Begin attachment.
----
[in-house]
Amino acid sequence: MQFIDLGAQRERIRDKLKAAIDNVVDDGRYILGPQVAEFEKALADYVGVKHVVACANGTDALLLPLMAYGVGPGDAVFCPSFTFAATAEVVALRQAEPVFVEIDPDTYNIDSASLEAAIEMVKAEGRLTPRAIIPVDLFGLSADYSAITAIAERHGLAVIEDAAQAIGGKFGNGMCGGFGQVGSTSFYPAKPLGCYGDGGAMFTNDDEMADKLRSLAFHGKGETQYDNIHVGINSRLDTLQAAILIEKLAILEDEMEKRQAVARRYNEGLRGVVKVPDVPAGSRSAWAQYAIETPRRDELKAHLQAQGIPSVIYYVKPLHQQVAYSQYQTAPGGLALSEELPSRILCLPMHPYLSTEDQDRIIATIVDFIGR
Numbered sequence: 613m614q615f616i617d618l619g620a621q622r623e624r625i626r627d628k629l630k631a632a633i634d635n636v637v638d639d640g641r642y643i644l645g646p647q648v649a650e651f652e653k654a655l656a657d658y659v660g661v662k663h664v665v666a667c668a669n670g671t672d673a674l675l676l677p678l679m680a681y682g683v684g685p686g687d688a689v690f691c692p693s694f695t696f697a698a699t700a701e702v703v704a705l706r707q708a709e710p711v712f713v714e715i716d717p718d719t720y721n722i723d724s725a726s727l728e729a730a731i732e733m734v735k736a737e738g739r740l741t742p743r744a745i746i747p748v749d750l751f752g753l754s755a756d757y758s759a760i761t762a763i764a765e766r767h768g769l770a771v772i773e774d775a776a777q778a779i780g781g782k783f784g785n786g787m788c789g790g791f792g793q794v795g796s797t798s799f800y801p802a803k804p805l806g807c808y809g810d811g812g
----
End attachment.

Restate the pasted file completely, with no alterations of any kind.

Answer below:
[in-house]
Amino acid sequence: MQFIDLGAQRERIRDKLKAAIDNVVDDGRYILGPQVAEFEKALADYVGVKHVVACANGTDALLLPLMAYGVGPGDAVFCPSFTFAATAEVVALRQAEPVFVEIDPDTYNIDSASLEAAIEMVKAEGRLTPRAIIPVDLFGLSADYSAITAIAERHGLAVIEDAAQAIGGKFGNGMCGGFGQVGSTSFYPAKPLGCYGDGGAMFTNDDEMADKLRSLAFHGKGETQYDNIHVGINSRLDTLQAAILIEKLAILEDEMEKRQAVARRYNEGLRGVVKVPDVPAGSRSAWAQYAIETPRRDELKAHLQAQGIPSVIYYVKPLHQQVAYSQYQTAPGGLALSEELPSRILCLPMHPYLSTEDQDRIIATIVDFIGR
Numbered sequence: 613m614q615f616i617d618l619g620a621q622r623e624r625i626r627d628k629l630k631a632a633i634d635n636v637v638d639d640g641r642y643i644l645g646p647q648v649a650e651f652e653k654a655l656a657d658y659v660g661v662k663h664v665v666a667c668a669n670g671t672d673a674l675l676l677p678l679m680a681y682g683v684g685p686g687d688a689v690f691c692p693s694f695t696f697a698a699t700a701e702v703v704a705l706r707q708a709e710p711v712f713v714e715i716d717p718d719t720y721n722i723d724s725a726s727l728e729a730a731i732e733m734v735k736a737e738g739r740l741t742p743r744a745i746i747p748v749d750l751f752g753l754s755a756d757y758s759a760i761t762a763i764a765e766r767h768g769l770a771v772i773e774d775a776a777q778a779i780g781g782k783f784g785n786g787m788c789g790g791f792g793q794v795g796s797t798s799f800y801p802a803k804p805l806g807c808y809g810d811g812g